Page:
Smart Blind Stick

DOI : 10.17577/IJERTCONV7IS10069

Download Full-Text PDF Cite this Publication

Text Only Version

Smart Blind Stick

Chinmayi A B, Lakshmi H, Shivaranjini T

Dept. of ISE, Shri Dharmasthala Manjunatheshwara College of Engineering and Technology,

(Affiliated to VTU, Belagavi) Dharwad.

Dr. Rajashekarappa

Dept. of ISE, Shri Dharmasthala Manjunatheshwara College of Engineering and Technology, (Affiliated to VTU, Belagavi) Dharwad.

AbstractThis project describes ultrasonic blind walking stick with the use of arduino. According to WHO, 30 million peoples are permanently blind and 285 billion peoples with vision impairment

. If u notice them, you can very well know about it they cant walk without the help of other. One has to ask guidance to reach their destination. They have to face more struggles in their life daily life. Using this blind stick, a person can walk more confidently. This stick detects the object in front of the person and give response to the user either by vibrating or through command. So, the person can walk without any fear. This device will be best solution to overcome their difficulties.

Keywords Ultrasonic Sensor, Visually impaired.


    An Intelligent Mobility Cane, or Smart Cane is a cane designed for the visually impaired which can offer the user the ability to navigate their surroundings, rather than simply avoid hitting things.

    To record information about the obstacles presence in a road, active or passive sensors can be used. In case of a passive sensor, the sensor just receives a signal. It detects the reflected, emitted or transmitted electro-magnetic radiation provided by natural energy sources. In case of using an active sensor, the sensor emits a signal and receives a distorted version of the reflected signal. It detects reflected responses from objects irradiated with artificially generated energy sources. These kind of active sensors are capable of sensing and detecting far and near obstacles. In addition, it determines an accurate measurement of the distance between the blind and the obstacle.

    Fig. 1. Smart stick Smart stick detects obstacles in front of the blind.

    These solutions still have many disadvantages for example;

    They cant detect obstructions that are hidden but very dangerous for the blind such as downward stairs, holes etc. Usually, the feedback information comes out as either vibration or sound signals. Thus, these systems communicate their recommendations to the user through sound or frequency vibration.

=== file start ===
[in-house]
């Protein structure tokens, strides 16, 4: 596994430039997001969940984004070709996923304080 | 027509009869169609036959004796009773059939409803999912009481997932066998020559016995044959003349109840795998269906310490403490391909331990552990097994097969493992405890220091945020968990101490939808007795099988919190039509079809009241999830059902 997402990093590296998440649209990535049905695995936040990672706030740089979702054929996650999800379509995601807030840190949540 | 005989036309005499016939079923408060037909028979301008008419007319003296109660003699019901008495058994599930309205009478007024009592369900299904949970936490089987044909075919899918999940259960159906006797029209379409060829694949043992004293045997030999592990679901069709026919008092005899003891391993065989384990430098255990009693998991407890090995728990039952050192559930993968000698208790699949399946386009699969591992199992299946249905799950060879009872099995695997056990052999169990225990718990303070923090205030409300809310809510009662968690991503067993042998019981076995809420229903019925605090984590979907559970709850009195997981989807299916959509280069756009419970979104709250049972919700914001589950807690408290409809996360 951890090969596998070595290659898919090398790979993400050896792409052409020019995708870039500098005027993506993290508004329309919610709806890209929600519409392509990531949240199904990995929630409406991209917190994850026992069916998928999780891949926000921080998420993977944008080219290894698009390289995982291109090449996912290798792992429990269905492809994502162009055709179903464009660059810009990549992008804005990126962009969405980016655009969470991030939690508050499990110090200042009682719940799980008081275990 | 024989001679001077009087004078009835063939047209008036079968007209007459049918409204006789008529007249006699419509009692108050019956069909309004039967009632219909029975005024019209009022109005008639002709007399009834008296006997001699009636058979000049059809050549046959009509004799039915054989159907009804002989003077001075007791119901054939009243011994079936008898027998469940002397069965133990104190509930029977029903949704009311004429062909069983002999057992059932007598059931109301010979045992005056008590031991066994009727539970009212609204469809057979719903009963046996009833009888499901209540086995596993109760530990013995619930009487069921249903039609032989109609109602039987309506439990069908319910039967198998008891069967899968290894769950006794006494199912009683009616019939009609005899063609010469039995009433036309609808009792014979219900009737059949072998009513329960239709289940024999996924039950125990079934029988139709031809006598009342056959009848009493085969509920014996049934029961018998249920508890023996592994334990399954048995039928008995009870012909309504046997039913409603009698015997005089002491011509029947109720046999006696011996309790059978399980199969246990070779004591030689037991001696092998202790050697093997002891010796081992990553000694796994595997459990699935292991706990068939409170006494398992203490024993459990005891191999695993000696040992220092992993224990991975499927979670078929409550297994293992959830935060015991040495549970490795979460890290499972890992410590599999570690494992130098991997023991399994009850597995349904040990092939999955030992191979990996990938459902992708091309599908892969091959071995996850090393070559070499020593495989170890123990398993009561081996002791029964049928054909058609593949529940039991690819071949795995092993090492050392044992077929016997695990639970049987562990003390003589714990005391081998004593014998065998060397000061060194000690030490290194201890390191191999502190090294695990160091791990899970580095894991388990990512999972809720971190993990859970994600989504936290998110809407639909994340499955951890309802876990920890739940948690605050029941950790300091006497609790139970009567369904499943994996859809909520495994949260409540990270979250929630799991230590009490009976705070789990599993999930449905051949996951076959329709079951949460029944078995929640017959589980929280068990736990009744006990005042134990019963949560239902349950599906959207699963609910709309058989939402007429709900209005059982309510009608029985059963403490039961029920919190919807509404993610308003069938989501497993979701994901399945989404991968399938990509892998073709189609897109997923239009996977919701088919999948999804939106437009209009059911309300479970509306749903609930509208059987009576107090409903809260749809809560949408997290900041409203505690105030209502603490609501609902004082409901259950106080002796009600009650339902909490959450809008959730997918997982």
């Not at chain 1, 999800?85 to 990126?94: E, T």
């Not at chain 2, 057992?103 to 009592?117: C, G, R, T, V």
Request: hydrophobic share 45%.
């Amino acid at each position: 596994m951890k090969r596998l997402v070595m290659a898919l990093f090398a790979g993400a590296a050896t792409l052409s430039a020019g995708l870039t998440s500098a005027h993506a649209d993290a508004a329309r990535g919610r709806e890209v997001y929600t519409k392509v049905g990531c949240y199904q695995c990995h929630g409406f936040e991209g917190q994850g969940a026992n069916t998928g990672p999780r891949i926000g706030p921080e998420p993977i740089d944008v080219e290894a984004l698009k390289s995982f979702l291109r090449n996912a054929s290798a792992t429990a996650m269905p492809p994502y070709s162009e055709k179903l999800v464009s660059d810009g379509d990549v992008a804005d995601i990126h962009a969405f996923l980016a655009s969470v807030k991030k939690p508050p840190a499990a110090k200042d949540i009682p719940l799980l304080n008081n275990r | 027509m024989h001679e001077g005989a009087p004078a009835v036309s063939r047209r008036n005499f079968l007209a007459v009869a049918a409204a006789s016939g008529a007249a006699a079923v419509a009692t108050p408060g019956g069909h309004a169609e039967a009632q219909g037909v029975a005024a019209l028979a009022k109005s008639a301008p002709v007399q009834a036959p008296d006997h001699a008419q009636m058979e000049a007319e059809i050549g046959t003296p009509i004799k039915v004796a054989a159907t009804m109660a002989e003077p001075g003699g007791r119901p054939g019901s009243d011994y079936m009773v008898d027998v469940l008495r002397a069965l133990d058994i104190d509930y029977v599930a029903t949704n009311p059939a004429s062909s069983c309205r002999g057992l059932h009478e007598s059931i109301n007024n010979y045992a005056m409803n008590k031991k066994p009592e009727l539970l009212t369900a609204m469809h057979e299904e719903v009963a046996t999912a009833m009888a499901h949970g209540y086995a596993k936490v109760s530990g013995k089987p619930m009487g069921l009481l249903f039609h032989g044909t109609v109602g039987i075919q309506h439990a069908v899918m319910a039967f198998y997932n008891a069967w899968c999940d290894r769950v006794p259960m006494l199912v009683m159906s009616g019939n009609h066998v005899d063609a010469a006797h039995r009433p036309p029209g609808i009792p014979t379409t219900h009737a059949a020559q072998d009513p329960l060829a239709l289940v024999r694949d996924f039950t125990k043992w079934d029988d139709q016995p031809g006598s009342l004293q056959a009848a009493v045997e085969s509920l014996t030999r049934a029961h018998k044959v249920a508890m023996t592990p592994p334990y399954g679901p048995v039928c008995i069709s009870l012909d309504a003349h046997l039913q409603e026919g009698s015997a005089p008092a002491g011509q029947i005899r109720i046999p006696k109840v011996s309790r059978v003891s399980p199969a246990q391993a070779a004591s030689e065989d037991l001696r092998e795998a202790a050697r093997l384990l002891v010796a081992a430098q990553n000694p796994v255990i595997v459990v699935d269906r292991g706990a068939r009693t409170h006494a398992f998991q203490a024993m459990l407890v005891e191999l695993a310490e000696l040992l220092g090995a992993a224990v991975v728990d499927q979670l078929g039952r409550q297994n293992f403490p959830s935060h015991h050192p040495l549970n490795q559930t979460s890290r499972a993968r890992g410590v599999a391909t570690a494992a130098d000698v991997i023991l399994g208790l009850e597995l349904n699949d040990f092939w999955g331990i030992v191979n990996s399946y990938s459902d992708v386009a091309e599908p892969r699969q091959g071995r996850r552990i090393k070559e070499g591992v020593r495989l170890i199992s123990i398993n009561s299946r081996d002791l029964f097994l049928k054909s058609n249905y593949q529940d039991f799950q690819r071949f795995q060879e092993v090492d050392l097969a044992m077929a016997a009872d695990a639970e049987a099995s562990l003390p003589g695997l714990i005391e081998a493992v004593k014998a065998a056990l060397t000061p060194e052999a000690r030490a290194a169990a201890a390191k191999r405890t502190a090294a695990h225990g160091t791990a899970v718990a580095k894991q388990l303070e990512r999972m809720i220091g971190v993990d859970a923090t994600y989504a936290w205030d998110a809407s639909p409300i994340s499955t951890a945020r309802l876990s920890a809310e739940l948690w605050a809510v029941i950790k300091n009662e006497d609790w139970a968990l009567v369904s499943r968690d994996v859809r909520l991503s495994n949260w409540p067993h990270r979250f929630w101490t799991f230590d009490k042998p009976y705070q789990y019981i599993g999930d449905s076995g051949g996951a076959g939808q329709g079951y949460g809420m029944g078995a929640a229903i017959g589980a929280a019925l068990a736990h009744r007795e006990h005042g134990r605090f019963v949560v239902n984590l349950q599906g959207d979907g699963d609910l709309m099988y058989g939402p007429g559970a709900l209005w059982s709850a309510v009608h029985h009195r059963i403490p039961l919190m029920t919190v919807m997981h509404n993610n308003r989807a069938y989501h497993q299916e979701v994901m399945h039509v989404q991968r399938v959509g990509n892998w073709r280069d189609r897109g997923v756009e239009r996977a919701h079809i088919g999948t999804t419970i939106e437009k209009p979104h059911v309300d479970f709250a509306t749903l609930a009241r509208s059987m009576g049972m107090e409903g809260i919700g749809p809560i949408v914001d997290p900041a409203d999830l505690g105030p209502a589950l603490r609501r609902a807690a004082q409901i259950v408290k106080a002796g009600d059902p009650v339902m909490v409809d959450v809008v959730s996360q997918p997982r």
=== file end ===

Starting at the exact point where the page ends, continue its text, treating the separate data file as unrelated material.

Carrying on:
Consequently, training is then necessary to help the user understand the signals and to react to them in real time. However, such training is sometimes more expensive than the product itself. Therefore, users cant afford it . Otherwise, the information is transmitted as a sound it may be embarrassing for the blind person in public.

    In our work we tried to overcome some of disadvantage:

    • We designed stick to detect obstacles.

    • The training of our product isnt as expensive as training in other product. Our training is just description of stick component and usage position.

    • We use two facilities to transmit information to the blind. We integrated vibration motor in the hand of stick and buzzer to alert the obstruction.

    • We achieved very fast response time in average distance

    100 cm before hitting the obstacles.


    We have many reasons to design smart stick for blind; firstly, the blind to feel free, isn't surrounded by wires as in belt and its content. Secondly, is easy to use because it is familiar and affordable. Thirdly, to be able to detect obstacles that exist on the ground (this is not available in glasses), which he walks indoor and outdoor is faced by obstacles such as puddles and sidewalks.

    As we can see in Fig. 3 an Arduino UNO is used to control all the sensors. The complete board is powered by a 9V battery which is regulated to +5V using a 7805 Voltage regulator. The Ultrasonic sensor is powered by 5V and the trigger and Echo pin is connected to Arduino UNO pin 9 and 10 The output of the board is given by the Buzzer which is connected to pin 11 and Motor which is connected to pin 13.

    Fig. 2. Design of smart stick Smart stick detects obstacles in front of the blind.

    Fig. 3. Circuit diagram of smart stick Smart stick.